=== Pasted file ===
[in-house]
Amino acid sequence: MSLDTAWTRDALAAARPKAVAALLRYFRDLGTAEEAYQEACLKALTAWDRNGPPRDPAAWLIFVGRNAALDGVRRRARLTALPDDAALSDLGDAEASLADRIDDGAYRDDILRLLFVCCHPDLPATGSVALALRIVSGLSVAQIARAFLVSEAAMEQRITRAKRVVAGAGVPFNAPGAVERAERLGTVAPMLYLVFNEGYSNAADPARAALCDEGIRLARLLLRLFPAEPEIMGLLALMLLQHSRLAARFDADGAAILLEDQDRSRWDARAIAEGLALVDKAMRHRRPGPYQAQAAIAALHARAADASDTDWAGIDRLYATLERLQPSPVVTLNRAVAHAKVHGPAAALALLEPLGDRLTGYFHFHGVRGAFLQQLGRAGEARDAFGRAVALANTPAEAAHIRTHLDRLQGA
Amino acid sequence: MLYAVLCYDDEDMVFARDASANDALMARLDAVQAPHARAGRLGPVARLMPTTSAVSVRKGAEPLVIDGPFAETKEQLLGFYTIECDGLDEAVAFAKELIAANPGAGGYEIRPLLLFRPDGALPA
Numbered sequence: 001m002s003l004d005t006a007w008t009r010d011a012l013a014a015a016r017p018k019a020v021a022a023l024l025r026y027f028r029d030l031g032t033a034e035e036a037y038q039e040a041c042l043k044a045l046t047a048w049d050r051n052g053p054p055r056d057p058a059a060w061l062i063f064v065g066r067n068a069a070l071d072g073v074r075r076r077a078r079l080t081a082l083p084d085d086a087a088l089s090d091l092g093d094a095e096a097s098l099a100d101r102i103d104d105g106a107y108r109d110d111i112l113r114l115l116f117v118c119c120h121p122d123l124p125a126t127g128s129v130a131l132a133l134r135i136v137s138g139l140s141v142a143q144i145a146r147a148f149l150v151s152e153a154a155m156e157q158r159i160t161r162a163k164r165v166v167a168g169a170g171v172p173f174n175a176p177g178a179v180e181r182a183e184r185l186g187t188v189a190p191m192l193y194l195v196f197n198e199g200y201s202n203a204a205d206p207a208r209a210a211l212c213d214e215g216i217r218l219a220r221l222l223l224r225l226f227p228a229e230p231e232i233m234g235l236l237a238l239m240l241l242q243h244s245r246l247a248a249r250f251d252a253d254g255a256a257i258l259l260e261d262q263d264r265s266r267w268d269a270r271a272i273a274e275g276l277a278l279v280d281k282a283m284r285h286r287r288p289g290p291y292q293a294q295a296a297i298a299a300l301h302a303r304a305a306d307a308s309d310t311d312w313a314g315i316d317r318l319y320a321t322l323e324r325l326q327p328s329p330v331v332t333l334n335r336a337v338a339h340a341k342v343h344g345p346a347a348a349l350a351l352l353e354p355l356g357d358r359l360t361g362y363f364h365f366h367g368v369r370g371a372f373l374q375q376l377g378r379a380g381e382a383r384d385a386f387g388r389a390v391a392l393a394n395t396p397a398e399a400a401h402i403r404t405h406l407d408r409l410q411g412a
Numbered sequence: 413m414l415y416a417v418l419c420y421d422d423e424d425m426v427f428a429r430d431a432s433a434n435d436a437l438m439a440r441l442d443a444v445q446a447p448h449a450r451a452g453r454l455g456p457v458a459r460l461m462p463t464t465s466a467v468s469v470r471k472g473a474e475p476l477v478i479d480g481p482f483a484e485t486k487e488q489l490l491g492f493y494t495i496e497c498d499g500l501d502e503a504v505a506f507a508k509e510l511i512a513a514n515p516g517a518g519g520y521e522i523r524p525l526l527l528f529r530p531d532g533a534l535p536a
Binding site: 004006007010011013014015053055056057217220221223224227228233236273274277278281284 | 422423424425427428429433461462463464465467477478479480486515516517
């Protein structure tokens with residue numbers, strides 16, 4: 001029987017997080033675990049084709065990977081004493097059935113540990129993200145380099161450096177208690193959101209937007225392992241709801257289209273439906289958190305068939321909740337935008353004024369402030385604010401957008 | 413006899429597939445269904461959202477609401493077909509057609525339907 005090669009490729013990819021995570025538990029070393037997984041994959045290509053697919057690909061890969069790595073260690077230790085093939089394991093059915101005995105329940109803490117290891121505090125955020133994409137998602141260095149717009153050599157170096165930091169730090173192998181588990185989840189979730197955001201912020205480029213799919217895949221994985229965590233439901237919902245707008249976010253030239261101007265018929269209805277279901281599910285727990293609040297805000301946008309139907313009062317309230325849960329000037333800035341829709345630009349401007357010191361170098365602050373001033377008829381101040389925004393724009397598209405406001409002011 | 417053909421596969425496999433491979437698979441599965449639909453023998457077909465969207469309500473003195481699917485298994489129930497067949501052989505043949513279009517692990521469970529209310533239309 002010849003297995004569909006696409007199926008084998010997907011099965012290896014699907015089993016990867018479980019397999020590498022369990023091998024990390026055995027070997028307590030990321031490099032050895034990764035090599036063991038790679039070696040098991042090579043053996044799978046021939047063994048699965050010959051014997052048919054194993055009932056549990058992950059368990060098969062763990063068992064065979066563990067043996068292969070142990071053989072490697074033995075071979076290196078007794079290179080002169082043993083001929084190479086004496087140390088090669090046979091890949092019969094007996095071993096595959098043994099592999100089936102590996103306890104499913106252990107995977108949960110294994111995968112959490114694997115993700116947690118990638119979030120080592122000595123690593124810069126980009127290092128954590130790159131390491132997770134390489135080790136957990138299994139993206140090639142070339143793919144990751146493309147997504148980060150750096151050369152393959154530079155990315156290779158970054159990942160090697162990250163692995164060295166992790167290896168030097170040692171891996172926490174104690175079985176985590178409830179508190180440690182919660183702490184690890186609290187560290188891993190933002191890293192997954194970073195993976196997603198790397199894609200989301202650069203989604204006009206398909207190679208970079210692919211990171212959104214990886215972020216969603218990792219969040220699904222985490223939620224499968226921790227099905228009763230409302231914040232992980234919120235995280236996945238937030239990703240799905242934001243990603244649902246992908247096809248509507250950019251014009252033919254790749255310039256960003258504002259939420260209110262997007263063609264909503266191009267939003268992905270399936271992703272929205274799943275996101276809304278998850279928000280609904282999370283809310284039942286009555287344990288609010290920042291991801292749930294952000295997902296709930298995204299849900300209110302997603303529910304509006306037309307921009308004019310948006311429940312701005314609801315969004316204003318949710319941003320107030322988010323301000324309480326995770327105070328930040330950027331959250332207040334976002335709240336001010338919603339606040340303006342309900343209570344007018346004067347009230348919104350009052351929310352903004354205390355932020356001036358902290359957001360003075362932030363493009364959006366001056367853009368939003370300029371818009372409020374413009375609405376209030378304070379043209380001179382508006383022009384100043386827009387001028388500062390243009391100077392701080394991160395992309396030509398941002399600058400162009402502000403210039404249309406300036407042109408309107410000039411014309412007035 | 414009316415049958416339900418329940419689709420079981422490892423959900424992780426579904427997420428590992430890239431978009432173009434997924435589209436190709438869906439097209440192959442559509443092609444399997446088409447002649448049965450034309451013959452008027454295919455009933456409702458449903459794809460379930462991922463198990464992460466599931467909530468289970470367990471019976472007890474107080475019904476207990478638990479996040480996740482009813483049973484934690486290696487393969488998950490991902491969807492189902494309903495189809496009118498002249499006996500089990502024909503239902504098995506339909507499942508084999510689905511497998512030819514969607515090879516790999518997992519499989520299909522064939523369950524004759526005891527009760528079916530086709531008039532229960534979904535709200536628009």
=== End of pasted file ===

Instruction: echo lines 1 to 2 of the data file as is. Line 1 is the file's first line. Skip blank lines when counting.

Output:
[in-house]
Amino acid sequence: MSLDTAWTRDALAAARPKAVAALLRYFRDLGTAEEAYQEACLKALTAWDRNGPPRDPAAWLIFVGRNAALDGVRRRARLTALPDDAALSDLGDAEASLADRIDDGAYRDDILRLLFVCCHPDLPATGSVALALRIVSGLSVAQIARAFLVSEAAMEQRITRAKRVVAGAGVPFNAPGAVERAERLGTVAPMLYLVFNEGYSNAADPARAALCDEGIRLARLLLRLFPAEPEIMGLLALMLLQHSRLAARFDADGAAILLEDQDRSRWDARAIAEGLALVDKAMRHRRPGPYQAQAAIAALHARAADASDTDWAGIDRLYATLERLQPSPVVTLNRAVAHAKVHGPAAALALLEPLGDRLTGYFHFHGVRGAFLQQLGRAGEARDAFGRAVALANTPAEAAHIRTHLDRLQGA